Flowering tea, say some, developed as recently as the 1980s in a Chinese province. Given the ancient history of tea, it would be truly remarkable to think that flowering tea (or blooming tea as it is also known) was such a recent innovation.
There are many claims to the creation blooming tea of this ‘artistic tea’ although hard facts and proof seem to be thin on the ground. This leaves a lot to the imagination and assumptions! There is no doubt though that artisans created flowering tea buds or balls, and that this craft originated in China – some say the Anhui Province, others say the Fujian Province. For most of us, it really does not matter where it was invented; suffice to say that it has become a strong export for China to the western world and as a result, we have a lovely choice of flowering tea products.
Artisans, skilled workers who produce items by hand, make the flowering tea buds. Loose green tea, together with loose white and black teas are combined with flowers tea and petals in unique styles to create flowering tea. Once the combination of teas is selected, the buds are hand sewn, covered with material, put in a kiln to dry out, packaged individually and then dispatched. As the process is labour intensive, the price of these buds is consequently relatively high.
Watching the first flowering tea is an amazingly satisfying experience. As the bloom emerges from a tight ball, to become something completely different and quite indistinguishable from that grey lump of tea, there is a sense of wonder that something like this can be created.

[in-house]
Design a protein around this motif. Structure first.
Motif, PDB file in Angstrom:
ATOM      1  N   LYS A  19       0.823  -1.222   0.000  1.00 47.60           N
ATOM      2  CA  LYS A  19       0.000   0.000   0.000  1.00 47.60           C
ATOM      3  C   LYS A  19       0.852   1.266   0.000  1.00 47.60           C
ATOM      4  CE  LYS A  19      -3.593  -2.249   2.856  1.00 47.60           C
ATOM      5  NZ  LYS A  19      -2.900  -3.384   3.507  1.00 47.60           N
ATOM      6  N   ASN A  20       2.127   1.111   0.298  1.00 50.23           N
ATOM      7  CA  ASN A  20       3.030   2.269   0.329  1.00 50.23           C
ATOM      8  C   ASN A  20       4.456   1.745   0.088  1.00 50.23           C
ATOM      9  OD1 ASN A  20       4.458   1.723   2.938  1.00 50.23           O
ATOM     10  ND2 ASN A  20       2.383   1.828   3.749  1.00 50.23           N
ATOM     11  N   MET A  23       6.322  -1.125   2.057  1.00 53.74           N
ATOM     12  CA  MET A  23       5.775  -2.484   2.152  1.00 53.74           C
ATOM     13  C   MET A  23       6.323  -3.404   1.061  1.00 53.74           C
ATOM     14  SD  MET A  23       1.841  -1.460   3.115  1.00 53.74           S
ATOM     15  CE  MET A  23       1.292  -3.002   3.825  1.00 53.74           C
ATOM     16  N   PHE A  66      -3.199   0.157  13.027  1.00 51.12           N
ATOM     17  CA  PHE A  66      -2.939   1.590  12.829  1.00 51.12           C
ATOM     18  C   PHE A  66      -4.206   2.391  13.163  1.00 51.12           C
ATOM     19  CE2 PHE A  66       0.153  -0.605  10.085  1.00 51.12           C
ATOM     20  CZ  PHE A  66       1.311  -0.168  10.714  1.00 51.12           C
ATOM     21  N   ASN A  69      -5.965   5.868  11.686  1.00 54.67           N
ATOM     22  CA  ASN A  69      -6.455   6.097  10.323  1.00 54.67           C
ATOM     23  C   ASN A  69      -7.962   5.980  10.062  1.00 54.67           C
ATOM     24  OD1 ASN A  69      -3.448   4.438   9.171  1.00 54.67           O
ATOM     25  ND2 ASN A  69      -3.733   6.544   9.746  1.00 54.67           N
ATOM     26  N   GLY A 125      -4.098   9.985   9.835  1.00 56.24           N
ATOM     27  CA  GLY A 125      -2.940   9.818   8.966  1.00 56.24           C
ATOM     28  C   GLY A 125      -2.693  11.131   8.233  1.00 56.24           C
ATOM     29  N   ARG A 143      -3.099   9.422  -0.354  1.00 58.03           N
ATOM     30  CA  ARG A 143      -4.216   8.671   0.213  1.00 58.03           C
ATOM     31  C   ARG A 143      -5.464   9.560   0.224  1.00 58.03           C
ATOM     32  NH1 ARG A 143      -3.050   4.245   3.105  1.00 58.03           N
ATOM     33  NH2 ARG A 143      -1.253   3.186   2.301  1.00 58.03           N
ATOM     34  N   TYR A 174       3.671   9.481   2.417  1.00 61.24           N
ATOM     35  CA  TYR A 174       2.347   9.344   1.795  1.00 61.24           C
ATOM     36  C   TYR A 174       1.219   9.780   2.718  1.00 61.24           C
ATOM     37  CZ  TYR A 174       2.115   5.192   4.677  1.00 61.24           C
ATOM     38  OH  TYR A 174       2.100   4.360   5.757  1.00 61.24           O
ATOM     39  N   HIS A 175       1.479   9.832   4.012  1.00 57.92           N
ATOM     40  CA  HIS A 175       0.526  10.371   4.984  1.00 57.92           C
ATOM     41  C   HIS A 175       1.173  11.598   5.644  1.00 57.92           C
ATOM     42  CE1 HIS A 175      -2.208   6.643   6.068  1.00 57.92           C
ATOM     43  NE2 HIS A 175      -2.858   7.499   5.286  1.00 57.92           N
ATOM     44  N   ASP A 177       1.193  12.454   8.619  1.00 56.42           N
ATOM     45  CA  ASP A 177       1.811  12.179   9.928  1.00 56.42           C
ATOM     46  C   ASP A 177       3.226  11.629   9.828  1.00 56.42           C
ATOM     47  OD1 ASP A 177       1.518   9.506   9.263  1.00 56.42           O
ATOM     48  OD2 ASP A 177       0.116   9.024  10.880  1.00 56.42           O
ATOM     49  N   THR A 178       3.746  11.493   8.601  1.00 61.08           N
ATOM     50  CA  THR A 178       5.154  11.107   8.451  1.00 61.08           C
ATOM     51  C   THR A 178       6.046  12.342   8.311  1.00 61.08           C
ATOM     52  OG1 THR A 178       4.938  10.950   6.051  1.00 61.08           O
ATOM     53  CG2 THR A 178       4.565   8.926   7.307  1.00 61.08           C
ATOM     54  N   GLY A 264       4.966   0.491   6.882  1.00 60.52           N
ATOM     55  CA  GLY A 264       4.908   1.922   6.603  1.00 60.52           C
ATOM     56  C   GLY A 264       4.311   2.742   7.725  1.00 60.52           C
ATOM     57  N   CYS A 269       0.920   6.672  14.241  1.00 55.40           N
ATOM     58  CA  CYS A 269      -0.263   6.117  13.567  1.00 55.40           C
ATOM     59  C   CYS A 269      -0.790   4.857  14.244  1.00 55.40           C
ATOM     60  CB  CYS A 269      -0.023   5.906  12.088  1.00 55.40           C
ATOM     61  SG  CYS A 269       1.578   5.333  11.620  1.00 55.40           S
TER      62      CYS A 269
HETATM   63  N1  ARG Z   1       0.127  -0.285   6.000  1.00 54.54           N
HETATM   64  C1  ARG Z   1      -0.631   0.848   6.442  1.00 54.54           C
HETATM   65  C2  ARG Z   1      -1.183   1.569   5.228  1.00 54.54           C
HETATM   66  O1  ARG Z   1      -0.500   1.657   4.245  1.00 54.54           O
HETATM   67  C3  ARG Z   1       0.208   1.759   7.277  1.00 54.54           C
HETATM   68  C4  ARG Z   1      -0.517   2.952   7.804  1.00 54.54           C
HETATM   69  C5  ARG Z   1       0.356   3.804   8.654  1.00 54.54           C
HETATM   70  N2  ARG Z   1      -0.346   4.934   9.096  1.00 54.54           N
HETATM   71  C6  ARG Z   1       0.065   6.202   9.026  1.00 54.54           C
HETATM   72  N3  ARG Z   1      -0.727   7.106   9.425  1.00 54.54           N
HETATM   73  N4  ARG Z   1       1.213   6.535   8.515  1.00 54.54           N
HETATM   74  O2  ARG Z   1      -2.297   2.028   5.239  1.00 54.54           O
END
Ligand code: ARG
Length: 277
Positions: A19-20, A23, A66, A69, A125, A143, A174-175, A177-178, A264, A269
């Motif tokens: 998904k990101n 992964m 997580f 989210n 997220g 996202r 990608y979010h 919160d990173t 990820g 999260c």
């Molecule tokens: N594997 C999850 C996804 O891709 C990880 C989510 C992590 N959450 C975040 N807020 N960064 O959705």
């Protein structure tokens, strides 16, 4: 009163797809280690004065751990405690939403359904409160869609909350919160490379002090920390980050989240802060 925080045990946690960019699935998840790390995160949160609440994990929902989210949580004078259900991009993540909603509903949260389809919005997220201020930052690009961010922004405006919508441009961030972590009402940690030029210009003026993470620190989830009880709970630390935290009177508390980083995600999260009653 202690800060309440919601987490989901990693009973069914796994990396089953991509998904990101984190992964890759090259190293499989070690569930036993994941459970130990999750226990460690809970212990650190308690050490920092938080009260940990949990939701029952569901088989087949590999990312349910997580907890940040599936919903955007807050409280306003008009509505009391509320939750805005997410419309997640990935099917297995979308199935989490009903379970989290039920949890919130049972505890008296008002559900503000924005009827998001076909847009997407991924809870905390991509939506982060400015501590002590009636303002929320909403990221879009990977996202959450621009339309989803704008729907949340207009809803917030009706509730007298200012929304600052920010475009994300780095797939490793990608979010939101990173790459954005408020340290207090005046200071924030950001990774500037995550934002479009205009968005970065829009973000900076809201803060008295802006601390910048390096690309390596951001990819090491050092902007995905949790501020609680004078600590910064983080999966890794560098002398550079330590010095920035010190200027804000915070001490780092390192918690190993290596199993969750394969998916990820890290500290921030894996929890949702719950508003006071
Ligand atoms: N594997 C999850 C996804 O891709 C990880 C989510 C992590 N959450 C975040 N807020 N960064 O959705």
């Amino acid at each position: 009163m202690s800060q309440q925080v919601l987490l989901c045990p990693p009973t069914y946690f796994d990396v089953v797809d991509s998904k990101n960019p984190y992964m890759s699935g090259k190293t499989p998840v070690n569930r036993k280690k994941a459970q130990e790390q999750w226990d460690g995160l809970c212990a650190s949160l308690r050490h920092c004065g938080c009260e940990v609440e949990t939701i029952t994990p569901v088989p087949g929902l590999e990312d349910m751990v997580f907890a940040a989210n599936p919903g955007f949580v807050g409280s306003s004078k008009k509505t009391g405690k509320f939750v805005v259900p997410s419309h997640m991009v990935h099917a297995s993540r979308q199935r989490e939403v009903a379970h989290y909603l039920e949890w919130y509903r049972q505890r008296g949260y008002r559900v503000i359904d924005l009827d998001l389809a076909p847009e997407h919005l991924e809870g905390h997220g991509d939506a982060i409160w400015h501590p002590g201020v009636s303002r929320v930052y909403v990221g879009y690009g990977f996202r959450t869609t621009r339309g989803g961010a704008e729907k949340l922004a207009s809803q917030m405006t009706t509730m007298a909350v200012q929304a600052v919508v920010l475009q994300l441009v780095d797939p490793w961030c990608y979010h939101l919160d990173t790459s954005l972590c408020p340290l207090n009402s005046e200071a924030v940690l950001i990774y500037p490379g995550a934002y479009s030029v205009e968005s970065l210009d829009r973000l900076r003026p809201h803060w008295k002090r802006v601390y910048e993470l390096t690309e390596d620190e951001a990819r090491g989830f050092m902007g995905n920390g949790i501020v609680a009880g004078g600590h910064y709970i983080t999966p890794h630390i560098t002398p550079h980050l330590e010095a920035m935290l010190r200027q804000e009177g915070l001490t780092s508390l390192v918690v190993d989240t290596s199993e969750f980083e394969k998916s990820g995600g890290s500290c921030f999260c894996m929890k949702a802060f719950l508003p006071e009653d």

With immersion of around three minutes, the tea bud will be transformed into a blossom. Some buds will be more spectacular than others, varying from a lump of long green leaves, to incredible blossoms with wafting tentacles such as “Touching Dragons”. The names alone are enough to build much anticipation – “Jasmine Silvery Strawberry Ball”, “Double Lion Pearl”, “Seven Sons Congratulating”.
After the initial visual impact, it seems somewhat of an anti-climax to drink the tea. But that is exactly what the flowering tea is designed for. Again, there are varying levels of quality of tea. Some blossoms are made from quality white tea, but most are made from loose green tea. It is generally true that you get what you pay for. A cheap product is likely to be made of inferior products and may not have the desired pleasant taste – or any taste at all. Not all teas are borne equal!
A satisfying blooming tea is definitely a trial and error process, and even more so when the quality of tea is taken into account. But it is not hard to find fabulous flowering teas these days. Most tea stockists provide pictures so you can be assured of seeing a beautiful unfolding of handmade tea buds.